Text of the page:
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Posted on November 5, 2009 by  & 

Competition fierce in e-reader market

Spring Design to sue Barnes & Noble

Competition in the e-reader market is fierce and one company in particular is attracting unwanted attention. According to recent press announcements, start-up company Spring Design who released details of there e-reader a day before the nook say that the features on Barnes and Noble's nook is too close to its Alex e-reader. Both devices feature two screens and run on Google's Android operating system.
 
CNET News reported that according to the lawsuit, Spring Design said it is seeking "preliminary and permanent injunctive relief... restraining and enjoining B&N from use or disclosure of Spring's confidential information or trade secrets, including the sale of the nook." They also reported, "In the lawsuit, Spring Design says it showed its plans for the Alex to Barnes & Noble, who showed interest in the product but gave no indication it was working on a similar device."
 

Solar powered e-reader

Hopefully the sun will shine brighter for LG Display. They unveiled a solar powered e-reader which when charged by the sun, could extend battery life by an extra day.
 
The lightweight thin-film solar cell featured in the e-reader is 10cm x 10cm and at 0.7mm thick is thinner than a credit card. It can extend the reader's battery time by four to five hours, which is done by placing electrodes onto a glass or plastic substrate. Size can easily be adjusted for other electronic devices such as mobile phones.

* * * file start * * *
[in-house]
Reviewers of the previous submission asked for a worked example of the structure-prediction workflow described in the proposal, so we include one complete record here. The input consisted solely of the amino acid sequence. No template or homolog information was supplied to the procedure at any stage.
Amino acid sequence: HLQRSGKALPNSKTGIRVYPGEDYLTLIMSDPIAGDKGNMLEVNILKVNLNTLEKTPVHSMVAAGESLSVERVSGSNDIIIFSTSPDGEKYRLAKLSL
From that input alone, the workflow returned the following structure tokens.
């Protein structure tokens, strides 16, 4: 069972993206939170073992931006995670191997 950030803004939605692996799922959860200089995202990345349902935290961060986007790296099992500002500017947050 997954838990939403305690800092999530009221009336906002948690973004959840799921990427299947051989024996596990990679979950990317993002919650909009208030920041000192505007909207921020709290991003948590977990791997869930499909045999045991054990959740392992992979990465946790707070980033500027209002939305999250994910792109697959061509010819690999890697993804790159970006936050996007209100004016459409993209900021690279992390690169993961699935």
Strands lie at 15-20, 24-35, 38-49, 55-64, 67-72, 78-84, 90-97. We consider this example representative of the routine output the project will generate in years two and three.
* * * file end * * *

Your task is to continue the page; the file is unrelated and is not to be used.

Although the current energy conversion efficiency rate is around 9.6 percent, the company hope to raise this to 12% by 2010, and eventually achieve efficiency rate of 14% in 2012 to prepare for commercialization.
 
Mr. Ki Yong Kim, head of the Solar Cell Office at LG Display said in a recent statement, "E-books are attracting a lot of attention because they offer the advantage of storing thousands of books' worth of contents in an easy-to-carry device. The idea of e-book combined with solar cell will offer users the added benefit of longer usage."

Others jumping on the bandwagon

Tyre company Bridgestone also unveiled their "Quick-response Liquid Powder" all-color touchscreen e-book reader in Tokyo last month. Trials are expected to begin at the Kansai Urban Banking Corp early next year.
 
Another company to jump into the fast moving e-reader market is Chipmaker Marvell Technology Group who has teamed up with E-Ink to create a system on chip solution, which will provide cheaper, thinner and lighter e-readers with additional features that save power and extend battery life including a unique hibernation mode, or zero power mode. The two companies have also joined forces with FirstPaper, LLC. Gil Fuchsberg, President of FirstPaper recently said, "To enable great newspaper and magazine reading experiences, e-reading devices need the right tools to make richer layouts and complex content come to life. We're excited to be working with Marvell to bring such tools to the market."
 
 
The technology is already being used in the recently announced Alex reader from Spring Design, the enTourage eDGe - a combination e-reader and netbook and Plastic Logic's Que.
 
 

Authored By:

Business Development Director, Research

Posted on: November 5, 2009

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